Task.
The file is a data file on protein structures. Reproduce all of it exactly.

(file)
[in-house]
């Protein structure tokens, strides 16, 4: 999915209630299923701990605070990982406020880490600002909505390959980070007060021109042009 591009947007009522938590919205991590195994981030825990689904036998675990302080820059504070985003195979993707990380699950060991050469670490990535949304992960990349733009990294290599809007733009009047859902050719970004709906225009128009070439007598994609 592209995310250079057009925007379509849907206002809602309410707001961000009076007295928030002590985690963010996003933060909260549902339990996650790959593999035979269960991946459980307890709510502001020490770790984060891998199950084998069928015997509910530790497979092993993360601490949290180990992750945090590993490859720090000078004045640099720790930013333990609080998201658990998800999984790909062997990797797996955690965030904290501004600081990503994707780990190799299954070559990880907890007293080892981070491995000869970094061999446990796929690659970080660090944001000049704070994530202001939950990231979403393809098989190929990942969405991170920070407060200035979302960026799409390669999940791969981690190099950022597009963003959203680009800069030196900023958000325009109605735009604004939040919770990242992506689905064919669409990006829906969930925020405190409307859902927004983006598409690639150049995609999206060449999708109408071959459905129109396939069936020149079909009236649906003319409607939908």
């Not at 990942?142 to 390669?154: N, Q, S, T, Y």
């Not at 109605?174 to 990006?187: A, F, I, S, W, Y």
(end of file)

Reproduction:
[in-house]
């Protein structure tokens, strides 16, 4: 999915209630299923701990605070990982406020880490600002909505390959980070007060021109042009 591009947007009522938590919205991590195994981030825990689904036998675990302080820059504070985003195979993707990380699950060991050469670490990535949304992960990349733009990294290599809007733009009047859902050719970004709906225009128009070439007598994609 592209995310250079057009925007379509849907206002809602309410707001961000009076007295928030002590985690963010996003933060909260549902339990996650790959593999035979269960991946459980307890709510502001020490770790984060891998199950084998069928015997509910530790497979092993993360601490949290180990992750945090590993490859720090000078004045640099720790930013333990609080998201658990998800999984790909062997990797797996955690965030904290501004600081990503994707780990190799299954070559990880907890007293080892981070491995000869970094061999446990796929690659970080660090944001000049704070994530202001939950990231979403393809098989190929990942969405991170920070407060200035979302960026799409390669999940791969981690190099950022597009963003959203680009800069030196900023958000325009109605735009604004939040919770990242992506689905064919669409990006829906969930925020405190409307859902927004983006598409690639150049995609999206060449999708109408071959459905129109396939069936020149079909009236649906003319409607939908």
């Not at 990942?142 to 390669?154: N, Q, S, T, Y």
């Not at 109605?174 to 990006?187: A, F, I, S, W, Y």